Over the past few weeks, being bombarded (via magazines, newspapers, online/ offline platforms) with promos for The Girl on the Train – the movie adaptation of Paula Hawkins’ bestselling novel – got me thinking about the tricky leap the printed word makes to the silver screen. Not all works of fiction become motion pictures. Nor do they aspire to do so. But those that get to have a movie avatar can’t avoid strict scrutiny because everyone has an opinion on their favourite book’s celluloid version. Readers are not easy to please. When they wear a film critic’s hat, they tend to become more exacting.
How many times have you heard someone complaining about a director butchering their favourite novel or short story? Some common refrains: “The director didn’t really get the book.” “The novel is fantastic but the film was mediocre at best.” “Why mess with perfection? They should have left the story alone.”
We often tend to forget that the printed book and the silver screen make different demands on their creators. Cinema, essentially being a visual medium, places a premium on images. Often a single image is expected to pull off the work of a page full of words. Of course, writers too follow the “show, don’t tell” maxim in their work. But the page allows more room for description and many a paragraph can be devoted to describing a particular setting or a character’s state of mind. If the description blends seamlessly into the story, nobody would complain. If an interior monologue takes up several pages, readers wouldn’t protest as long as it is well written and holds their attention.
To hold the viewer’s attention while translating the nuances of a book to the screen is an uphill task. The script has to be faithful to the original but not blindly so. The trick is to take the existing material and shape it to suit the cinematic medium without losing out on nuance and complexity. Often, the transition ends in disaster. But when it’s done right, it’s a joy to watch your favourite book come alive onscreen.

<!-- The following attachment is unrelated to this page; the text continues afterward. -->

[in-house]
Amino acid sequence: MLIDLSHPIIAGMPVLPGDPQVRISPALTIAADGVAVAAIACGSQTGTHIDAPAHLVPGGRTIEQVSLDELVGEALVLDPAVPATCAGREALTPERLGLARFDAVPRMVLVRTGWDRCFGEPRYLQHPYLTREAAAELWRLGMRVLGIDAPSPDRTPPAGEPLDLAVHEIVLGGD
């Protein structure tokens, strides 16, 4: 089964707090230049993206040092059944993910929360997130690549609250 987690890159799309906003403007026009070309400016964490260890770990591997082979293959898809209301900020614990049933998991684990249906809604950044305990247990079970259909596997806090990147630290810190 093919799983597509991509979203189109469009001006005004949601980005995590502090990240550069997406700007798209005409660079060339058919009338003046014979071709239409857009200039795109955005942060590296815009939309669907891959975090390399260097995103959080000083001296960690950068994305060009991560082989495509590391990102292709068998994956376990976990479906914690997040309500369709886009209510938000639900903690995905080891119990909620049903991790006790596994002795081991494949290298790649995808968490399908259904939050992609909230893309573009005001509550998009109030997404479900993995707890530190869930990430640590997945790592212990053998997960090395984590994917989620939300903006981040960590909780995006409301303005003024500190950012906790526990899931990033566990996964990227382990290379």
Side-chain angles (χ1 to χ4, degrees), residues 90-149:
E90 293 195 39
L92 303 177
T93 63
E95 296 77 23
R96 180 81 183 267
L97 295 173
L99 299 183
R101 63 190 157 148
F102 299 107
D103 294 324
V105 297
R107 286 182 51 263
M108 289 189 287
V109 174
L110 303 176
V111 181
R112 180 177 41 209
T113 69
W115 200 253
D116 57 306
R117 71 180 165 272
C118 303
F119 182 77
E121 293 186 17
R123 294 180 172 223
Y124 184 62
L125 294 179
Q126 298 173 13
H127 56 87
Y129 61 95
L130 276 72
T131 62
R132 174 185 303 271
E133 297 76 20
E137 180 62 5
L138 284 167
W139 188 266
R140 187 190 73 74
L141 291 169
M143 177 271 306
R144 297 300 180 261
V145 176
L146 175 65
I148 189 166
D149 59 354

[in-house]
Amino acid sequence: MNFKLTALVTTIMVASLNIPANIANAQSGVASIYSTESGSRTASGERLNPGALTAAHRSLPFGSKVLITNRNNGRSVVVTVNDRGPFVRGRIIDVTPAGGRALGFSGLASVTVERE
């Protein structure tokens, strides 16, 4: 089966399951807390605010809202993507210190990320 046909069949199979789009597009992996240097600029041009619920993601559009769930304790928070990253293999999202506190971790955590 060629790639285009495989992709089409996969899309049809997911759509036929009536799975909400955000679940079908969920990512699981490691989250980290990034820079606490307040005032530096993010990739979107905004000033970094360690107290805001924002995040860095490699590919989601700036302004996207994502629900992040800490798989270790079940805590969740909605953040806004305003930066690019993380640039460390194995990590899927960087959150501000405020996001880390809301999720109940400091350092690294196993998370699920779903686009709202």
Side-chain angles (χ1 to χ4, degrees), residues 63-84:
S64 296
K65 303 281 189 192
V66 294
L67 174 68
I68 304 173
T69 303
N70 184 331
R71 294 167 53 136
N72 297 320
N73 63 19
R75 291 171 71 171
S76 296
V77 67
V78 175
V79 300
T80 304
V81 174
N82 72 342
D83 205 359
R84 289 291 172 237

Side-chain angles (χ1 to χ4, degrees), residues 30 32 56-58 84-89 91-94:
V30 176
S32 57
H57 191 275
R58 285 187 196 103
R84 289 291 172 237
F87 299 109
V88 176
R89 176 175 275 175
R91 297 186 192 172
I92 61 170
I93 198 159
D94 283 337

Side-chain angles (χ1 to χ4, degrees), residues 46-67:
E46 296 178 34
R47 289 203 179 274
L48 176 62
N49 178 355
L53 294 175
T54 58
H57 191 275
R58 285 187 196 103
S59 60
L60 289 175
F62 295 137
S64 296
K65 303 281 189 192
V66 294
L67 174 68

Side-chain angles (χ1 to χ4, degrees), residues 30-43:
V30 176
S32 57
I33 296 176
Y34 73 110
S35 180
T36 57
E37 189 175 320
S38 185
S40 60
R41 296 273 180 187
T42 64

In no particular order, here are a few of my favourite book-to-film avatars:
Gone With the Wind: Margaret Mitchell’s novel paints a riveting portrait of lives upturned by the American civil war. The book, beloved to millions, made a superb transition to the screen. Directed by Victor Fleming, the film (1939) recreates the drama, romance, and emotional upheaval that Mitchell’s readers savour when they turned the pages. Thanks to a talented cast, the characters come alive onscreen, playing out their individual battles while a country goes to war with itself.
The Quiet American: Bristling with subtext and weighed down by brooding philosophical inquiry, a Graham Greene novel is not the easiest material to film. Luckily, Phillip Noyce proved himself equal to the challenge. Directed by Noyce, The Quiet American (2002) dissects the inherent self-interest that guides America’s foreign policy as expertly as it explores the map of the human heart and the anatomy of desire. The film never once makes the mistake of watering down the novel’s complexity or offers simplistic explanations for life’s eternal mysteries.
The English Patient: The film (1996), directed by Anthony Minghella, is a brilliant cinematic version of Michael Ondaatje’s novel. Staying true to the novel’s tone, the film explores the inner lives of the characters with a gentle, delicate touch. The doomed love story at the heart of the narrative, set against the backdrop of WWII, plays out onscreen like a beautiful sonata. The camera skilfully captures the starkness of the desert landscape and the violent churnings of war. Nothing is lost in translation here. Watching the film is as rewarding and intense an experience as reading the novel.
The Shipping News: Annie Proulx shone the spotlight on New Foundland in her bestselling novel, The Shipping News. The story of a broken man who returns to his home town in search of refuge struck a chord in readers across the world – even if many of them would confess having trouble locating New Foundland on the map. The film of the same name (2001), directed by Lasse Hollstrom, captures the bleakness and beauty of the landscape with as much finesse as the novel, giving it a pivotal role in the grand scheme of the narrative. Hollstrom’s non-intrusive directorial style lets the camera trace the trajectory of the characters’ lives without resorting to emotional voyeurism. As in the novel, grief and heartbreak and trauma remain integral to the story, but the darkness is tempered by a merciful absence of sensationalism.